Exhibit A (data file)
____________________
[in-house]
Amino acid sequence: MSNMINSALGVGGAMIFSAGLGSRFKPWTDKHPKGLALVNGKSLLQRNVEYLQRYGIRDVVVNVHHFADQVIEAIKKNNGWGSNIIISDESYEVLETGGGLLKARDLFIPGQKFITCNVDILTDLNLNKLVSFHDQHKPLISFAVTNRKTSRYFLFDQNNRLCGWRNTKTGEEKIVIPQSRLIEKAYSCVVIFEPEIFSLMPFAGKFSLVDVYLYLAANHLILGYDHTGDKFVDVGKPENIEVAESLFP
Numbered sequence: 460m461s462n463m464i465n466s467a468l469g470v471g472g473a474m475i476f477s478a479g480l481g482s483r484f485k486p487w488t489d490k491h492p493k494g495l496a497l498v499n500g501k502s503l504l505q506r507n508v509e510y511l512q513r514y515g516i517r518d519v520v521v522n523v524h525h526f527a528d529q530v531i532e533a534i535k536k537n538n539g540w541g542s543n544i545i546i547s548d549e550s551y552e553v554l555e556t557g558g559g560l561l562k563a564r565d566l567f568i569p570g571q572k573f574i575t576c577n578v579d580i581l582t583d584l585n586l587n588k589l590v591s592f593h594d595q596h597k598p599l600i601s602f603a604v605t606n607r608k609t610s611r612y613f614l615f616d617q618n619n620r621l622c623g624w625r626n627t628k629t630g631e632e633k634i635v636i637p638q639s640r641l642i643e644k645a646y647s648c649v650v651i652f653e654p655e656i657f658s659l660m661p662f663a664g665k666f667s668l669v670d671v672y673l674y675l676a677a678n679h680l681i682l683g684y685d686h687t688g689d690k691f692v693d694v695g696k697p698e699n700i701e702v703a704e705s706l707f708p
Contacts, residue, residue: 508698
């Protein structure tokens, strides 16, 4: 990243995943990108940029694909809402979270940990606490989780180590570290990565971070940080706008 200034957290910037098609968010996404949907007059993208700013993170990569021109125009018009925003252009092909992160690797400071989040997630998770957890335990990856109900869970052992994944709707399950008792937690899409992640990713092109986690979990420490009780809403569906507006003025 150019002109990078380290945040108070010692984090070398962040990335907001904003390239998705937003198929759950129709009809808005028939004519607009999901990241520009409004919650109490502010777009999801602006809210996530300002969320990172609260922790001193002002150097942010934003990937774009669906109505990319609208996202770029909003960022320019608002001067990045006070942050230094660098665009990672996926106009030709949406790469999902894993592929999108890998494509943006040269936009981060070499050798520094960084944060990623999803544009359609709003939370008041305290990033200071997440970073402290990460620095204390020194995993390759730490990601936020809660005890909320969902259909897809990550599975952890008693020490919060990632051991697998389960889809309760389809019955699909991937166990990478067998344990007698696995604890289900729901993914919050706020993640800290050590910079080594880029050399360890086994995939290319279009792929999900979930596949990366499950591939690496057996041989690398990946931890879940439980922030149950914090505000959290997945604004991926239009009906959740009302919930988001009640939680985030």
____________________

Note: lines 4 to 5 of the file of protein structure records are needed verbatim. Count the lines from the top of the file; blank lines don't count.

Contacts, residue, residue: 508698
């Protein structure tokens, strides 16, 4: 990243995943990108940029694909809402979270940990606490989780180590570290990565971070940080706008 200034957290910037098609968010996404949907007059993208700013993170990569021109125009018009925003252009092909992160690797400071989040997630998770957890335990990856109900869970052992994944709707399950008792937690899409992640990713092109986690979990420490009780809403569906507006003025 150019002109990078380290945040108070010692984090070398962040990335907001904003390239998705937003198929759950129709009809808005028939004519607009999901990241520009409004919650109490502010777009999801602006809210996530300002969320990172609260922790001193002002150097942010934003990937774009669906109505990319609208996202770029909003960022320019608002001067990045006070942050230094660098665009990672996926106009030709949406790469999902894993592929999108890998494509943006040269936009981060070499050798520094960084944060990623999803544009359609709003939370008041305290990033200071997440970073402290990460620095204390020194995993390759730490990601936020809660005890909320969902259909897809990550599975952890008693020490919060990632051991697998389960889809309760389809019955699909991937166990990478067998344990007698696995604890289900729901993914919050706020993640800290050590910079080594880029050399360890086994995939290319279009792929999900979930596949990366499950591939690496057996041989690398990946931890879940439980922030149950914090505000959290997945604004991926239009009906959740009302919930988001009640939680985030």